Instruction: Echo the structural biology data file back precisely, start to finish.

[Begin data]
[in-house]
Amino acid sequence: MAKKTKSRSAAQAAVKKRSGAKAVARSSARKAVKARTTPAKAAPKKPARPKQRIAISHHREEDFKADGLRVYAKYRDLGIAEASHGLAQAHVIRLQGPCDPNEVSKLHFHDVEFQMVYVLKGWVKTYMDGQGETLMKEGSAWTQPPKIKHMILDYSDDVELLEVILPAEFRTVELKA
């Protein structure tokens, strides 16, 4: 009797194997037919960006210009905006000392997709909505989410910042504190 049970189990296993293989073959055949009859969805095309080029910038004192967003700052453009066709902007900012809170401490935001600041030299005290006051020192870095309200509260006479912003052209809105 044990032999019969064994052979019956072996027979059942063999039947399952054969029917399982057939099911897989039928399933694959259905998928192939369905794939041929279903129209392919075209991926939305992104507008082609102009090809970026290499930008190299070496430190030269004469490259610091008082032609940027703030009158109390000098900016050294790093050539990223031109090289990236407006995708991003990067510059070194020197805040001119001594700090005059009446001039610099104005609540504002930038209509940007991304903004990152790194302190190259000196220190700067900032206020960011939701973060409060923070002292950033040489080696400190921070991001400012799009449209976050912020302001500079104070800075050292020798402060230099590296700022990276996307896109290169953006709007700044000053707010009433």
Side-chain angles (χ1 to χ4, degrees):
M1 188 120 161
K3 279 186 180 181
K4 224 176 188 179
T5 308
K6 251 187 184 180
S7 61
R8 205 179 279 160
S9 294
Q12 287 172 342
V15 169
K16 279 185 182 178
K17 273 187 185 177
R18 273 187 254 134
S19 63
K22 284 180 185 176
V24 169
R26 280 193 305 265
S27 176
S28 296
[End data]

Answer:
[in-house]
Amino acid sequence: MAKKTKSRSAAQAAVKKRSGAKAVARSSARKAVKARTTPAKAAPKKPARPKQRIAISHHREEDFKADGLRVYAKYRDLGIAEASHGLAQAHVIRLQGPCDPNEVSKLHFHDVEFQMVYVLKGWVKTYMDGQGETLMKEGSAWTQPPKIKHMILDYSDDVELLEVILPAEFRTVELKA
């Protein structure tokens, strides 16, 4: 009797194997037919960006210009905006000392997709909505989410910042504190 049970189990296993293989073959055949009859969805095309080029910038004192967003700052453009066709902007900012809170401490935001600041030299005290006051020192870095309200509260006479912003052209809105 044990032999019969064994052979019956072996027979059942063999039947399952054969029917399982057939099911897989039928399933694959259905998928192939369905794939041929279903129209392919075209991926939305992104507008082609102009090809970026290499930008190299070496430190030269004469490259610091008082032609940027703030009158109390000098900016050294790093050539990223031109090289990236407006995708991003990067510059070194020197805040001119001594700090005059009446001039610099104005609540504002930038209509940007991304903004990152790194302190190259000196220190700067900032206020960011939701973060409060923070002292950033040489080696400190921070991001400012799009449209976050912020302001500079104070800075050292020798402060230099590296700022990276996307896109290169953006709007700044000053707010009433």
Side-chain angles (χ1 to χ4, degrees):
M1 188 120 161
K3 279 186 180 181
K4 224 176 188 179
T5 308
K6 251 187 184 180
S7 61
R8 205 179 279 160
S9 294
Q12 287 172 342
V15 169
K16 279 185 182 178
K17 273 187 185 177
R18 273 187 254 134
S19 63
K22 284 180 185 176
V24 169
R26 280 193 305 265
S27 176
S28 296